Leaders stated that among the various challenges that face their membership, health is one of the dominant concerns. When asked to name some of the common health issues of their membership, the following were commonly mentioned: cancer, heart disease, stroke, high blood pressure, diabetes, lack of exercise, and poor diet.

Psychosocial problems (e.g., depression, anxiety, domestic violence, and substance abuse) were also frequently mentioned. A few spoke passionately and ardently about the need to address these issues.

Los Angeles is a hard place to live in and immigrant Koreans face a lot of problems trying to make a life here. I have seen a lot of family problems. For the children, there is a lack of self esteem as their parents are too busy working and they turn to gangs and drugs. Recently-immigrated children are a primary target for gangs. I have visited a lot of centers, and of the recently immigrated children that I've met, I think more than 20% are involved in illicit drug use.

These leaders stated that addressing the psychosocial needs of their membership might be even more urgent than addressing the physical health needs. They elaborated that many of their members, especially recent immigrants, experience financial hardship, social isolation, and pressure from jobs or job-related issues. Over time, these circumstances contribute to not only depression, domestic violence, substance abuse, suicide and even homicide, but can also result in unhealthy lifestyles that lead to chronic diseases such as cancer and cardiovascular diseases.

It is very hard for Koreans to live within the American system and as a result, deal with a lot of stress. Depression is very prevalent, but due to stigma in our culture, Koreans try to ignore it or overcome it on their own. Those who are unable to do that become more depressed.

Barriers to Adequate Health Care Among Korean American Church-Goers

Church leaders frequently mentioned that their members face many challenges and barriers in maintaining health and obtaining adequate health care. Among those mentioned lack of health insurance and inability to pay predominated. Others included: language barrier, access barrier, fear of deportation, the Korean cultural view that illness is a result of ''bad genes'' or inherent weakness, and a religious view that illness is a result of sin or a punishment from God. A few elaborated that because some members view illness as a punishment from God, sick members may try to keep their illness to themselves, isolating themselves from the rest of the church community and the social support it can provide. For this reason, many patients delay seeking medical attention and support from the church until their illness is well advanced.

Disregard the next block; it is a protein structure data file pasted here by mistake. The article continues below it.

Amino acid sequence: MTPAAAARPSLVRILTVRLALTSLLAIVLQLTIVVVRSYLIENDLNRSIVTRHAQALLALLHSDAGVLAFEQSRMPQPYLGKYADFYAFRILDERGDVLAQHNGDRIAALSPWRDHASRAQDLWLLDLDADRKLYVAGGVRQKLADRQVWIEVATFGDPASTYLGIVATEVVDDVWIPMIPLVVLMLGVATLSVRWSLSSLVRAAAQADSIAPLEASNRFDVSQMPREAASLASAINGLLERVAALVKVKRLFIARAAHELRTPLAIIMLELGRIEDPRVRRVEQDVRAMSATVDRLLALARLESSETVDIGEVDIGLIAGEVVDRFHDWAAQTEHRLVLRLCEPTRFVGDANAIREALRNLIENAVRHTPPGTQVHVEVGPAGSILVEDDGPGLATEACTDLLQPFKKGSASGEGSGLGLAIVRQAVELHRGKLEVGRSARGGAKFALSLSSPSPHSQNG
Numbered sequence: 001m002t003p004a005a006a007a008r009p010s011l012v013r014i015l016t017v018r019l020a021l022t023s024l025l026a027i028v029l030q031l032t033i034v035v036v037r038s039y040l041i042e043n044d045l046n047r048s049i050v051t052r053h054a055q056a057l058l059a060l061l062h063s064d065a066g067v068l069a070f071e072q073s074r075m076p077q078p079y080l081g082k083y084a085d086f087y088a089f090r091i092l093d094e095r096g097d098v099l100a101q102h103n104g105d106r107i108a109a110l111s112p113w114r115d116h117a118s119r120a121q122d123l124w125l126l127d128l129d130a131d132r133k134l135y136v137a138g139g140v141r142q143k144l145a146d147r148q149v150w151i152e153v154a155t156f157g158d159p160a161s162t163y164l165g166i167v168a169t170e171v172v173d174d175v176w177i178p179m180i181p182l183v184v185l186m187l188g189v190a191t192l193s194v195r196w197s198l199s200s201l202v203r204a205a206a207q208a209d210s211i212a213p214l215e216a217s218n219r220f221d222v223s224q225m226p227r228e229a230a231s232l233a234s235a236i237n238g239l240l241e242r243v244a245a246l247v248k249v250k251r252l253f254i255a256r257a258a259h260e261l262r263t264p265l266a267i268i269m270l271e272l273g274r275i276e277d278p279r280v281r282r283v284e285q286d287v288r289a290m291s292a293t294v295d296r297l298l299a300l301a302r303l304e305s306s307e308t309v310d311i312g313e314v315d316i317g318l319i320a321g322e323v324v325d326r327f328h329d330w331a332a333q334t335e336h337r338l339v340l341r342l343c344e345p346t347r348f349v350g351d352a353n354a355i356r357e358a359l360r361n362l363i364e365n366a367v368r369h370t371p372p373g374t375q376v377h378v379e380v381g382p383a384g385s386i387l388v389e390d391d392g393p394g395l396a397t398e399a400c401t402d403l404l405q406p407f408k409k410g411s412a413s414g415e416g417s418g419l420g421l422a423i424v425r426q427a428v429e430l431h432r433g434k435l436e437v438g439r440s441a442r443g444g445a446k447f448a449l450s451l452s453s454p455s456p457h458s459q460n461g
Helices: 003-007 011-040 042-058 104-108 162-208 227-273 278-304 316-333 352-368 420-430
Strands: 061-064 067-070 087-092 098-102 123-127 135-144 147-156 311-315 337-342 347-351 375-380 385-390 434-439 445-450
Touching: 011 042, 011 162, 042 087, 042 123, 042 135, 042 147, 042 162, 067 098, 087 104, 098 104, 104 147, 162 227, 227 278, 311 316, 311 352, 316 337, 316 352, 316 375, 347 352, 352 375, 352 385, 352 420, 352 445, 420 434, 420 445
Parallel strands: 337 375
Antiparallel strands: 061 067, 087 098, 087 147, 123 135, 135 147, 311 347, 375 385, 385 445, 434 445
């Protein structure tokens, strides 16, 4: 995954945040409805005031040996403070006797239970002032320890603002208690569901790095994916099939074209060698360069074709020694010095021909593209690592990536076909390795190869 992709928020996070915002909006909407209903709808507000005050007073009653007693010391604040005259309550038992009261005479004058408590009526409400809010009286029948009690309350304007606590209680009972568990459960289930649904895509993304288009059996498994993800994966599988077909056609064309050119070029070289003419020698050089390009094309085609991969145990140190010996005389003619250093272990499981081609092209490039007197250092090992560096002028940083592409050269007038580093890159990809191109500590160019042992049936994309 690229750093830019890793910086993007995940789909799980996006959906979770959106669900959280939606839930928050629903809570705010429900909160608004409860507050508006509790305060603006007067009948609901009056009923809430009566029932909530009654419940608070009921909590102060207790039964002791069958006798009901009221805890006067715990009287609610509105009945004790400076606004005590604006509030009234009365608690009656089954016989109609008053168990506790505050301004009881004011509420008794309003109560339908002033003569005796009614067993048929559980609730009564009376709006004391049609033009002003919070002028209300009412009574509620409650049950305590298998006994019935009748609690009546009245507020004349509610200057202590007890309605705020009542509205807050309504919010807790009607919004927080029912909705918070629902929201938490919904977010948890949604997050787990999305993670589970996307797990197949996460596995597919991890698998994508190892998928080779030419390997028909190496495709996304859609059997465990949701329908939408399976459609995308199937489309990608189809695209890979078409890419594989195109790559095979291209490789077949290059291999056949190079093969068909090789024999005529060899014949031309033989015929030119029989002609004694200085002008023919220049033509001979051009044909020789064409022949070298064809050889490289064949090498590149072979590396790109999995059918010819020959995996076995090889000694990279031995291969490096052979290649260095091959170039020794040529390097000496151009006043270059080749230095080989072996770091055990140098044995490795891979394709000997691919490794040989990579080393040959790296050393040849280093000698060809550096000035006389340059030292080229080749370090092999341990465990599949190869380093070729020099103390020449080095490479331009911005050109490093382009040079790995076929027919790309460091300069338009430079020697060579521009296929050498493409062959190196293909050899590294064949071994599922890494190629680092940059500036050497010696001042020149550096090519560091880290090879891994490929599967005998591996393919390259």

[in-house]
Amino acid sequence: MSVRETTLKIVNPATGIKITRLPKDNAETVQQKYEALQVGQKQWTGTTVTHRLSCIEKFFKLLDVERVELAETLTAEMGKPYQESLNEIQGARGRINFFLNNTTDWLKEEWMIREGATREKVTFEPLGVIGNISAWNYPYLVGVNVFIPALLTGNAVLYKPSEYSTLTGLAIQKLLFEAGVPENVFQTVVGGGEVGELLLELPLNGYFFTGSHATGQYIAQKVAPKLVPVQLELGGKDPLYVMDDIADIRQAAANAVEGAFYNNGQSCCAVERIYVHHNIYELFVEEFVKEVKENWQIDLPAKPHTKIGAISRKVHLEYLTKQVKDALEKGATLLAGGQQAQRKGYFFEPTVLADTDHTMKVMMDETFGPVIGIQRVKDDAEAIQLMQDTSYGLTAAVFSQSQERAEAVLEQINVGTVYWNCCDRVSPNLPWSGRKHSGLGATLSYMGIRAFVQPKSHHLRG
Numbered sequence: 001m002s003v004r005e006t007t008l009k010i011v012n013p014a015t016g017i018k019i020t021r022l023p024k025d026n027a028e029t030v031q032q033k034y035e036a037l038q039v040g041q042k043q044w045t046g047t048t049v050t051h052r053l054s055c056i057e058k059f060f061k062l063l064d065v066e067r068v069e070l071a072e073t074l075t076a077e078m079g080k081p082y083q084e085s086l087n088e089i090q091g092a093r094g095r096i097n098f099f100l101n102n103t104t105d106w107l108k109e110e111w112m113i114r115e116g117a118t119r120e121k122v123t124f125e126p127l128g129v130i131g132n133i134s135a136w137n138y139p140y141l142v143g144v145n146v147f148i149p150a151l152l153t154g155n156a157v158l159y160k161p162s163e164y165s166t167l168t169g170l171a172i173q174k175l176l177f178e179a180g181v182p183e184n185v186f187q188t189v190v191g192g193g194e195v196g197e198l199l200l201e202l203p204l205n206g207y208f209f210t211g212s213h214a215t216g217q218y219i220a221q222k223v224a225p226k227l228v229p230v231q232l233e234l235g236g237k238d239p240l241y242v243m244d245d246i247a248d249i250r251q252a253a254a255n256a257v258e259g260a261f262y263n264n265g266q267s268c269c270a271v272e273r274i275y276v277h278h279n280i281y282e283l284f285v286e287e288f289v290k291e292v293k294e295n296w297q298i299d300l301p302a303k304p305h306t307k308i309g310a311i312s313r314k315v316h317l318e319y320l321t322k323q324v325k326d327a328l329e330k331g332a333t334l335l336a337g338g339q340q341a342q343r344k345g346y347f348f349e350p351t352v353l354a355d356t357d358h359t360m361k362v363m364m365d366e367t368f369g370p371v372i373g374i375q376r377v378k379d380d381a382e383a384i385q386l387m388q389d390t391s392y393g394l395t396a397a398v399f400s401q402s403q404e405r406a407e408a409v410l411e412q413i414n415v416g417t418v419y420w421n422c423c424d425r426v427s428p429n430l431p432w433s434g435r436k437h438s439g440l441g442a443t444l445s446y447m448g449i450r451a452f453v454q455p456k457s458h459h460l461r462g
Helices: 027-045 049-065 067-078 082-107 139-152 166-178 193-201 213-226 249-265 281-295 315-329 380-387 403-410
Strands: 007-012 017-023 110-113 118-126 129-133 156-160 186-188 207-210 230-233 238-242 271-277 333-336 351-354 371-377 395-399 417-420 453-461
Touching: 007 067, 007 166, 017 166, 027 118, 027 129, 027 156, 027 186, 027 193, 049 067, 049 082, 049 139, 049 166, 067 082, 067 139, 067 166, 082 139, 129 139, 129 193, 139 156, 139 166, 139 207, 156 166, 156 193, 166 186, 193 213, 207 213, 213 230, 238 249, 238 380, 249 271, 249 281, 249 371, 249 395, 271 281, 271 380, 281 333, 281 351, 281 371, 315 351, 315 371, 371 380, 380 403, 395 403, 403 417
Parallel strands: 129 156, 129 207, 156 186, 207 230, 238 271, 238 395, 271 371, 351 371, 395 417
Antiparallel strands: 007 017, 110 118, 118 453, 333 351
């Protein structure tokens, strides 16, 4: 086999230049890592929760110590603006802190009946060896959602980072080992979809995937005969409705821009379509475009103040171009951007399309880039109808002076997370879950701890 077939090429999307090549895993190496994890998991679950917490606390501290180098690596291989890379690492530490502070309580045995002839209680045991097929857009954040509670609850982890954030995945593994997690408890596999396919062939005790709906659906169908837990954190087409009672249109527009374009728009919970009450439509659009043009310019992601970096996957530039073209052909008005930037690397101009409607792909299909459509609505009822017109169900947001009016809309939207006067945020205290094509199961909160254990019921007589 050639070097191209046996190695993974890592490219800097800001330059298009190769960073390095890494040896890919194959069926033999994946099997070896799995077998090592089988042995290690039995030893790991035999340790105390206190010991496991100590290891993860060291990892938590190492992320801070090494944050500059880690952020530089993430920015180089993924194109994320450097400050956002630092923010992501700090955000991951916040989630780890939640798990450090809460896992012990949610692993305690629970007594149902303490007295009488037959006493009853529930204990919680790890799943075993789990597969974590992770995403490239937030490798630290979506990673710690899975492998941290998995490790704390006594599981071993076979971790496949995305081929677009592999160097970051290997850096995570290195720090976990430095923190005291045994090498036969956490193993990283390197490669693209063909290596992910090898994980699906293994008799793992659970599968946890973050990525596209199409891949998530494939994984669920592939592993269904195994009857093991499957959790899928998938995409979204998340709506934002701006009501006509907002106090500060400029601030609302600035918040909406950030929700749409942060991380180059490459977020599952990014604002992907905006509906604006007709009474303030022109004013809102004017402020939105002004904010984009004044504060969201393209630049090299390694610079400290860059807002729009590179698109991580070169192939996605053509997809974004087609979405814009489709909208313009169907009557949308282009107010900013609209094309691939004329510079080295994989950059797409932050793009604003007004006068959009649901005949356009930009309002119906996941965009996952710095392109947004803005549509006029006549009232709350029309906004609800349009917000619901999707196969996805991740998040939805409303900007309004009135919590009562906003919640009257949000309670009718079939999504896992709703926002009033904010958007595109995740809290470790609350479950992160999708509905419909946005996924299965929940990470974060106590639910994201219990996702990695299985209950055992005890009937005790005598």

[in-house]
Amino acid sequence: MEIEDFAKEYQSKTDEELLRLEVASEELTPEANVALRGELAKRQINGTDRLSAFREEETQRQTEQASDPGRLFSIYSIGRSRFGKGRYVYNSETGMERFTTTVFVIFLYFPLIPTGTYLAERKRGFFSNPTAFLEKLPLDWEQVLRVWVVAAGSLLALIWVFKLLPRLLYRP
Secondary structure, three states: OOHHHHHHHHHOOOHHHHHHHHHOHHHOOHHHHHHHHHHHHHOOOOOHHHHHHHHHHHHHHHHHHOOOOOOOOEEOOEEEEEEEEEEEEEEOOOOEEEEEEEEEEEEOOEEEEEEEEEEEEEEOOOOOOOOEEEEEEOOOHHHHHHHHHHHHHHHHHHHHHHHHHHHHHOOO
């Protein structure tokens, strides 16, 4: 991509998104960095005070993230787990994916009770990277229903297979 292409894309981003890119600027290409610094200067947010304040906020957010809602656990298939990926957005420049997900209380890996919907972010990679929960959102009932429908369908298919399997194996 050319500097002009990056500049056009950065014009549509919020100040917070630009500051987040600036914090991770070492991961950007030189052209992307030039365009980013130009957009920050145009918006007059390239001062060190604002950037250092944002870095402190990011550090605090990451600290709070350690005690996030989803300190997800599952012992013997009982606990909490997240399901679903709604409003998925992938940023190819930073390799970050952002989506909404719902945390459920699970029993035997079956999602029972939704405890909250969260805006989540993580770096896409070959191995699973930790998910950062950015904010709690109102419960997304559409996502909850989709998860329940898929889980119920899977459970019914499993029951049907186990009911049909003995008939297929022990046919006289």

Often, beside close family members, pastors are the only ones who know about the patient's illness. A sick member will tell me not to say anything to anyone else. This is a challenge for me because I'm not a doctor or a nurse, and I don't know how best to help them, and I don't know where to take them or to where I should refer them.

Many of my members want access to health and social programs such as Social Security. I would like to inform them somehow, but I myself don't know too much about them. However, there is a sense of shame among Koreans attached to receiving aid. So, although there are a lot of sick parishioners, I don't mention or bring up hospitals or medical care in the church setting unless they bring it up first. If they have illegal status, it is even harder to help them.

How can Korean American Churches Participate in Health Research?